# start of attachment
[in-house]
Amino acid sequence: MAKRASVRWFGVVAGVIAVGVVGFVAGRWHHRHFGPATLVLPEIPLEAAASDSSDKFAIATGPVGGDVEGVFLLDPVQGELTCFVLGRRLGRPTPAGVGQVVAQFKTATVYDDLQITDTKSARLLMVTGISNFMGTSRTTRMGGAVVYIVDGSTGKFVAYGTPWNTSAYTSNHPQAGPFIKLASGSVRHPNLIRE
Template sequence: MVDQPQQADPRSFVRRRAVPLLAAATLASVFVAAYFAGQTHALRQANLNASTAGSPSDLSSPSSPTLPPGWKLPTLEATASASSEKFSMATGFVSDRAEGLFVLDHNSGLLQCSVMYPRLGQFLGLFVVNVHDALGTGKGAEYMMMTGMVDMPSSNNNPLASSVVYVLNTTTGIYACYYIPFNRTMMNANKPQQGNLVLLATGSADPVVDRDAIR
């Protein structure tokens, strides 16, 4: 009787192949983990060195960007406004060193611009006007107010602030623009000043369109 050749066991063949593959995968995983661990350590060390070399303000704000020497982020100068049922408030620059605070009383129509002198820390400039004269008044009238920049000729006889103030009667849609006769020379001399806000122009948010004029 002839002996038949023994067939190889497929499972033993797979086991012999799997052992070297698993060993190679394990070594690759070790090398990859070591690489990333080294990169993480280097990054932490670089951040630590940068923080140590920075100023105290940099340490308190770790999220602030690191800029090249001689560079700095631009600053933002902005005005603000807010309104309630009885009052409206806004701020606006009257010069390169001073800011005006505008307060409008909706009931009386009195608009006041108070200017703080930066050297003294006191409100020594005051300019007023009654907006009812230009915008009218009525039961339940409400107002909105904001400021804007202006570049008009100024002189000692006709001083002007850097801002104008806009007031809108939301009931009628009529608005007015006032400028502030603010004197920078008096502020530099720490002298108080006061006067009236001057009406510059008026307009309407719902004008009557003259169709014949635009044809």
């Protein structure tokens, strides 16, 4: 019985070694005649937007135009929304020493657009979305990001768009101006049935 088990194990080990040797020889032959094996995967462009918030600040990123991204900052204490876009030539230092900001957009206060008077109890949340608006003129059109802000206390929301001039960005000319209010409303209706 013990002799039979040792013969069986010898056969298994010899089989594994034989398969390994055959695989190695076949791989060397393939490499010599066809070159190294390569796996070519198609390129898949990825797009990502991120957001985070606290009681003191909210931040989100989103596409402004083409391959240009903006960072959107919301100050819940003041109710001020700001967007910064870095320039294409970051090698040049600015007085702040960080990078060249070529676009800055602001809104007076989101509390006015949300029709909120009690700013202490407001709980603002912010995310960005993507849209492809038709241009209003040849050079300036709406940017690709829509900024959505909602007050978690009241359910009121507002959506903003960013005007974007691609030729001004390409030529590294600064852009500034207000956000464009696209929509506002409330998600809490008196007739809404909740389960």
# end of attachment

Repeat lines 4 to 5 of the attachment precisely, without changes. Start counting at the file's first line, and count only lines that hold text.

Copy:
């Protein structure tokens, strides 16, 4: 009787192949983990060195960007406004060193611009006007107010602030623009000043369109 050749066991063949593959995968995983661990350590060390070399303000704000020497982020100068049922408030620059605070009383129509002198820390400039004269008044009238920049000729006889103030009667849609006769020379001399806000122009948010004029 002839002996038949023994067939190889497929499972033993797979086991012999799997052992070297698993060993190679394990070594690759070790090398990859070591690489990333080294990169993480280097990054932490670089951040630590940068923080140590920075100023105290940099340490308190770790999220602030690191800029090249001689560079700095631009600053933002902005005005603000807010309104309630009885009052409206806004701020606006009257010069390169001073800011005006505008307060409008909706009931009386009195608009006041108070200017703080930066050297003294006191409100020594005051300019007023009654907006009812230009915008009218009525039961339940409400107002909105904001400021804007202006570049008009100024002189000692006709001083002007850097801002104008806009007031809108939301009931009628009529608005007015006032400028502030603010004197920078008096502020530099720490002298108080006061006067009236001057009406510059008026307009309407719902004008009557003259169709014949635009044809």
């Protein structure tokens, strides 16, 4: 019985070694005649937007135009929304020493657009979305990001768009101006049935 088990194990080990040797020889032959094996995967462009918030600040990123991204900052204490876009030539230092900001957009206060008077109890949340608006003129059109802000206390929301001039960005000319209010409303209706 013990002799039979040792013969069986010898056969298994010899089989594994034989398969390994055959695989190695076949791989060397393939490499010599066809070159190294390569796996070519198609390129898949990825797009990502991120957001985070606290009681003191909210931040989100989103596409402004083409391959240009903006960072959107919301100050819940003041109710001020700001967007910064870095320039294409970051090698040049600015007085702040960080990078060249070529676009800055602001809104007076989101509390006015949300029709909120009690700013202490407001709980603002912010995310960005993507849209492809038709241009209003040849050079300036709406940017690709829509900024959505909602007050978690009241359910009121507002959506903003960013005007974007691609030729001004390409030529590294600064852009500034207000956000464009696209929509506002409330998600809490008196007739809404909740389960």